Ways to reduce and reuse these toys
Visit any second hand or charity / op shop, and you’ll find a display of soft toys, looking for new homes. So many soft toys are donated to charity, yet I wonder how many they can actually sell? Shoppers may not buy these toys, and they could end up in landfill eventually. Although, it’s encouraging to see this project by Eco Solutions in Whangerei, where soft toys are diverted from landfill – 4,000 toys per year!
To avoid soft toy overload, I think we need to stop buying so many in the first place. And secondly, find ways to reuse them or recycle them.
Reduce the purchases
- First of all, if you are buying a gift for a new baby, you could ask the parents if they have enough soft toys already! If they have enough, you could buy a different kind of toy, or book, or any clothing they might need for the new person. Or even gift them money – it’s becoming a more popular option, with $5 birthday parties for older children more common now.
- You could also ask people who want to buy gifts for your children to buy something other than soft toys.
- Similarly, you could buy something different as a souvenir. I’ve bought my nieces and nephews souvenir toys in the past – in future, I will buy something else like pencils or books. Or maybe just a postcard with a photo of a beautiful place.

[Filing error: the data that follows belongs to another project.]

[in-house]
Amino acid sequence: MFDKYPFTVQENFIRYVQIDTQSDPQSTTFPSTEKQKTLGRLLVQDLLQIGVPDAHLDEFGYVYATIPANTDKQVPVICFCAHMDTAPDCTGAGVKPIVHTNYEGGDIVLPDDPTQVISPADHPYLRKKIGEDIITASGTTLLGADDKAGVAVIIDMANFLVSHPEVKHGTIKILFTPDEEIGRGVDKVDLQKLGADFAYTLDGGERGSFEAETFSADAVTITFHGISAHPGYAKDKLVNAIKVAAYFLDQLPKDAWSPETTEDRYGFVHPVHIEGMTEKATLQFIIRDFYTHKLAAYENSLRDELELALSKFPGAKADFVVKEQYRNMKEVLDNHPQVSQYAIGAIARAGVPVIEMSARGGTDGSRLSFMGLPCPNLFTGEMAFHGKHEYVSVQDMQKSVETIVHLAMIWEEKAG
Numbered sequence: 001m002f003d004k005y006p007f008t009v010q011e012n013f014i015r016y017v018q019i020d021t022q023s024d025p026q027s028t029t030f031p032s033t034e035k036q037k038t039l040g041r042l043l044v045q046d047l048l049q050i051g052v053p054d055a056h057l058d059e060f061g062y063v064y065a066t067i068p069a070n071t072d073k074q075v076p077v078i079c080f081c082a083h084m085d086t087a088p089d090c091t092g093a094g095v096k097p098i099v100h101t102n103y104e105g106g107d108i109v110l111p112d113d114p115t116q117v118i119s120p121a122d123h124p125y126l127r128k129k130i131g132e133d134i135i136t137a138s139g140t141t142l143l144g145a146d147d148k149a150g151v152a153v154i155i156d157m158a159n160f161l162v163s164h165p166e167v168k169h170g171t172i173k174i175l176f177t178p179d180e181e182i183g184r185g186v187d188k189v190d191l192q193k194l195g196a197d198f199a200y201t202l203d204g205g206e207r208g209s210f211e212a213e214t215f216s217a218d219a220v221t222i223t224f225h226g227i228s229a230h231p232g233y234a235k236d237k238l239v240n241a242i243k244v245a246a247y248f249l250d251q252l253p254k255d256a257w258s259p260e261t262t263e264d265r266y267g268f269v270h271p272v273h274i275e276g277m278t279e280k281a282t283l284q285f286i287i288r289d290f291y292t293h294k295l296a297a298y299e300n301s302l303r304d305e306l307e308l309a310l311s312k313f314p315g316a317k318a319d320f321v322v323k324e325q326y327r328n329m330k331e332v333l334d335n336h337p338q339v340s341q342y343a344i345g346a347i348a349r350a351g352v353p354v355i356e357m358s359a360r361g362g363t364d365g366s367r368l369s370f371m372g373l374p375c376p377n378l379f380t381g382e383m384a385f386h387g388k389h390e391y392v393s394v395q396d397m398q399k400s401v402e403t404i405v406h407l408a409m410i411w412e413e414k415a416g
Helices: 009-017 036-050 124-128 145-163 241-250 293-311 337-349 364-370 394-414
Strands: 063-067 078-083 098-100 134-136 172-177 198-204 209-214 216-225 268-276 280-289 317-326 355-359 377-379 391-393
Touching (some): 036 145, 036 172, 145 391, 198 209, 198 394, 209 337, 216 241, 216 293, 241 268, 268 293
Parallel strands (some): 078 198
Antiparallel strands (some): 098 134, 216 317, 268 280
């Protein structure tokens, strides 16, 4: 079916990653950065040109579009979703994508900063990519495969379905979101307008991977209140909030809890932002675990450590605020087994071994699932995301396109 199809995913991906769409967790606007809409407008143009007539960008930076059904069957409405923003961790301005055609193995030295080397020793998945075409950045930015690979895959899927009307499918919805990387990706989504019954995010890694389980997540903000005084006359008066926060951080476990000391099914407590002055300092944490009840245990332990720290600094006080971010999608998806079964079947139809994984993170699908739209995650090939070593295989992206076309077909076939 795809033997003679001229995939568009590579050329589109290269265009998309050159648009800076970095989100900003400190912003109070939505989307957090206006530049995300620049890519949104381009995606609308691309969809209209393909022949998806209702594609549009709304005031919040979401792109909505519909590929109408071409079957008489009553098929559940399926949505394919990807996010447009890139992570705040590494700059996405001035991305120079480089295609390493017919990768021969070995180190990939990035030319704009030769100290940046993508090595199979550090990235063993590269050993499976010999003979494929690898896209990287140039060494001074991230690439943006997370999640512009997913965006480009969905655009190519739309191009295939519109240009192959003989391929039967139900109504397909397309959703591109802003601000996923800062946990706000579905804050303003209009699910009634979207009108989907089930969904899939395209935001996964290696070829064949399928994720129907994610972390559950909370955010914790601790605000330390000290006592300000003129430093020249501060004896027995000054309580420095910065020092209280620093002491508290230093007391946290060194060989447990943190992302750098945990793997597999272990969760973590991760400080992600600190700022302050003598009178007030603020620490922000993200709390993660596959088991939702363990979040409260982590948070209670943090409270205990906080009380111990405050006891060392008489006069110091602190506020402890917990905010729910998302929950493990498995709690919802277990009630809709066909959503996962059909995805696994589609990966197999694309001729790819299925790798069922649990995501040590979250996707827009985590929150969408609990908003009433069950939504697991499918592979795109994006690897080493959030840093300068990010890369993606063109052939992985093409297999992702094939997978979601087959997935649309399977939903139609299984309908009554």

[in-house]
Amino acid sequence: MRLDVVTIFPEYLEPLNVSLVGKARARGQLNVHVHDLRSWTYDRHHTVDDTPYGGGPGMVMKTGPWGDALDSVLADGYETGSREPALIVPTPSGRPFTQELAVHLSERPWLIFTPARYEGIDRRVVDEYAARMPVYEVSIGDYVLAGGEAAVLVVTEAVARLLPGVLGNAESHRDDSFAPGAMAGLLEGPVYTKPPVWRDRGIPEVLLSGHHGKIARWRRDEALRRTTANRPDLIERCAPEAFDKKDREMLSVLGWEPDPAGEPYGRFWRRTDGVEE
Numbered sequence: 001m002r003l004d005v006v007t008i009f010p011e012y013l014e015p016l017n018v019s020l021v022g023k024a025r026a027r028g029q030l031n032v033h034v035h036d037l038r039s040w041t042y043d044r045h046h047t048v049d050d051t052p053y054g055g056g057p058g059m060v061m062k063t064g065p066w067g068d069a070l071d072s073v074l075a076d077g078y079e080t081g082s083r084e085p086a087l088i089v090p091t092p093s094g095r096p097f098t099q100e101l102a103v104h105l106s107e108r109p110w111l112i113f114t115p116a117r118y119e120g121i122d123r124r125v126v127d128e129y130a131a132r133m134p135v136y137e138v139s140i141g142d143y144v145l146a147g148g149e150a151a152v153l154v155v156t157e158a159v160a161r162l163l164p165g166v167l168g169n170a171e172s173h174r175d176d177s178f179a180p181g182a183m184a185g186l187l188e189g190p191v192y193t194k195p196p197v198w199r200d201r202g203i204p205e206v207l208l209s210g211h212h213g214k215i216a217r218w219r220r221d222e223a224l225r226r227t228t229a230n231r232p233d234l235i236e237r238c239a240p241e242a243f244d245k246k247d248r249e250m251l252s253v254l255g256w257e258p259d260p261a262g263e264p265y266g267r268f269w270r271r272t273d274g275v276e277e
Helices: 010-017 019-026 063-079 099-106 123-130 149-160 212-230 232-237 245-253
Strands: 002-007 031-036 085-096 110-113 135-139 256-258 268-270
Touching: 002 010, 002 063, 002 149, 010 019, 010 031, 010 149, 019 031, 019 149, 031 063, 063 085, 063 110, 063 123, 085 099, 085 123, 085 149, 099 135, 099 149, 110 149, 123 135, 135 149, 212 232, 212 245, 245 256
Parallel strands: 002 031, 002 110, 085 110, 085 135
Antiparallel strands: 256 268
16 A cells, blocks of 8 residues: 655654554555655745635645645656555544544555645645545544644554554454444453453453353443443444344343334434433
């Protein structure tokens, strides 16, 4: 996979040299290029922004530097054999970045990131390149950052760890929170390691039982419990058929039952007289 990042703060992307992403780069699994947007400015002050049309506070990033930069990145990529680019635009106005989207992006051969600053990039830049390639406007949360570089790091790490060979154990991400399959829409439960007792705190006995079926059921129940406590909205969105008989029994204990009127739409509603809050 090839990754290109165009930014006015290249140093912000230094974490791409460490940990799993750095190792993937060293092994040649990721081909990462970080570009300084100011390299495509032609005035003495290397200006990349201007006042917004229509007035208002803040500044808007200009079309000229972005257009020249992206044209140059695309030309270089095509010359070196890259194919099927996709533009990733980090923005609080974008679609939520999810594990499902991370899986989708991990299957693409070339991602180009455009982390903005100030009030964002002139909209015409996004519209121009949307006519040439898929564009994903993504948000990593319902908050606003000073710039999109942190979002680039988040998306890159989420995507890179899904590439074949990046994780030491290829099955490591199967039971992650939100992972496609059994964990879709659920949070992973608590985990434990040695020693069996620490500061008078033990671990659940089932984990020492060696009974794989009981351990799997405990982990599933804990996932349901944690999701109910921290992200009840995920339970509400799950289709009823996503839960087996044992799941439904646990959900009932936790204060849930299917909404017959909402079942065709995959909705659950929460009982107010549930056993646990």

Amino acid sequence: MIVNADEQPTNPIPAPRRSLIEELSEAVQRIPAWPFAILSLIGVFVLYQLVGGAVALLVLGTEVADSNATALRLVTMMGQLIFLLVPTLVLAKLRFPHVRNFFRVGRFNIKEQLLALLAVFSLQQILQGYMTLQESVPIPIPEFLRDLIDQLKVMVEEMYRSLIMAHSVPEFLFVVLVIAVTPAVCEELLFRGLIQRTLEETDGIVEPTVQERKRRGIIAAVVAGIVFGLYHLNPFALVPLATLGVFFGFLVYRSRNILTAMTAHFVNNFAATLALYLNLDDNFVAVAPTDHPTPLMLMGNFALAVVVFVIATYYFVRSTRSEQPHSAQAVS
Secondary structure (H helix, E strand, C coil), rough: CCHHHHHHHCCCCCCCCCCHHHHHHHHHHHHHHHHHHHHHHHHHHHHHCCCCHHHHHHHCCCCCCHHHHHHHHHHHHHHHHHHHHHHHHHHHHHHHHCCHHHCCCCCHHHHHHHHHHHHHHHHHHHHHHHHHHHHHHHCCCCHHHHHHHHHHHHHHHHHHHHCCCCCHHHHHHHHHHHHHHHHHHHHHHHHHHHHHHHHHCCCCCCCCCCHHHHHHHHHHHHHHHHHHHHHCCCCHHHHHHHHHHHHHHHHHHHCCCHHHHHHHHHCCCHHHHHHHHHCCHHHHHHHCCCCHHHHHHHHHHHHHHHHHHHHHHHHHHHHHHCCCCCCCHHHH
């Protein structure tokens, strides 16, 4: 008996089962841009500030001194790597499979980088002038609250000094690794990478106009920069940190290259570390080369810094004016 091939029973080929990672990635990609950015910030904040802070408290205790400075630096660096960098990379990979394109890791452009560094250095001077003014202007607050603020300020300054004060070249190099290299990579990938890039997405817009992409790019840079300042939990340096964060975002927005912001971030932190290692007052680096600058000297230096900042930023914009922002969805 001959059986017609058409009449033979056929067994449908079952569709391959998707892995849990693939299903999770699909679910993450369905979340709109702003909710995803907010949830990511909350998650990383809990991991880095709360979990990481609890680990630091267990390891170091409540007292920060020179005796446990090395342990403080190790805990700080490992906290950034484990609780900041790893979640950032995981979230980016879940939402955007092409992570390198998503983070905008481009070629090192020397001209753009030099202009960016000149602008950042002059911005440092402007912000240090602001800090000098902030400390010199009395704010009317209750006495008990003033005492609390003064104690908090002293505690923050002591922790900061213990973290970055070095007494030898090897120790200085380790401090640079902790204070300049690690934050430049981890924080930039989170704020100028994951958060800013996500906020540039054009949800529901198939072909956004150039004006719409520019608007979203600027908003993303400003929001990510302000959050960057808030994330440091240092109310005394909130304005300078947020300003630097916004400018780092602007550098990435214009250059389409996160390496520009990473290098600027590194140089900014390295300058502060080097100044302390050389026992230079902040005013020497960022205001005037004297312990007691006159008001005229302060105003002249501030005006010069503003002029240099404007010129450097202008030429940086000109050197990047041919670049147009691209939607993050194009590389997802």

- Say no to promotional giveaways – like all freebies, they become your problem to deal with. You also end up advertising a product that you might not really want to. We had teddy bears advertising headache medicines, which is kind of weird really!
- Don’t buy lots of soft toys for our own children. They are lovely to cuddle and kids can play some games with them, but there are plenty of other toys out there.
- Resist the temptation to be a ‘completist! Our children don’t need a soft toy version of every character from Frozen, or Minecraft, or Harry Potter!
Reuse or recycle
- I have broken my own ‘no more soft toys’ rule, when my children saw some lovely Ty Babies in an op shop. They bought these for a $1 each, and they have enjoyed playing with them. So buying second hand could be an option to reuse something already in existence, and spend less money. When I have bought second hand soft toys, I have put them in the freezer for 24 hours, then tumble dried them for 15 minutes inside a pillow case, to kill any bugs. Actually, this is recommended for all soft toys that your children have, as dust mites can build up in toys over time.
- If you have collectible teddies that are hidden in boxes, you could sell them, to release a bit of cash.
- Some dog owners and pet rescue centres appreciate old soft toys for their animals, so it is worth asking them if they’d like them. They will still end up in the rubbish, but at least the animals play with them!
- There are many craft upcycling ideas on Pinterest such as making teddies into door stops, puppets, or even using their ‘skin’ to make rugs – see photo below! You could also reuse the stuffing for craft projects.
What are soft toys made of?
Many of the cuddly toys we have are made from synthetic materials. Thinking about it more closely, I don’t really know what these materials are. I will need to do some research into this.
There are toys made of natural materials like cotton or wool. You may want to buy those instead of toys made from synthetics.
There is information online that says don’t put soft toys and teddies into cots with babies under 12 months. Please research this for yourself, if you have a young baby.
What do you think? Am I being a spoilsport or killjoy by stopping my children from buying even more teddies?
I’d love to hear your comments!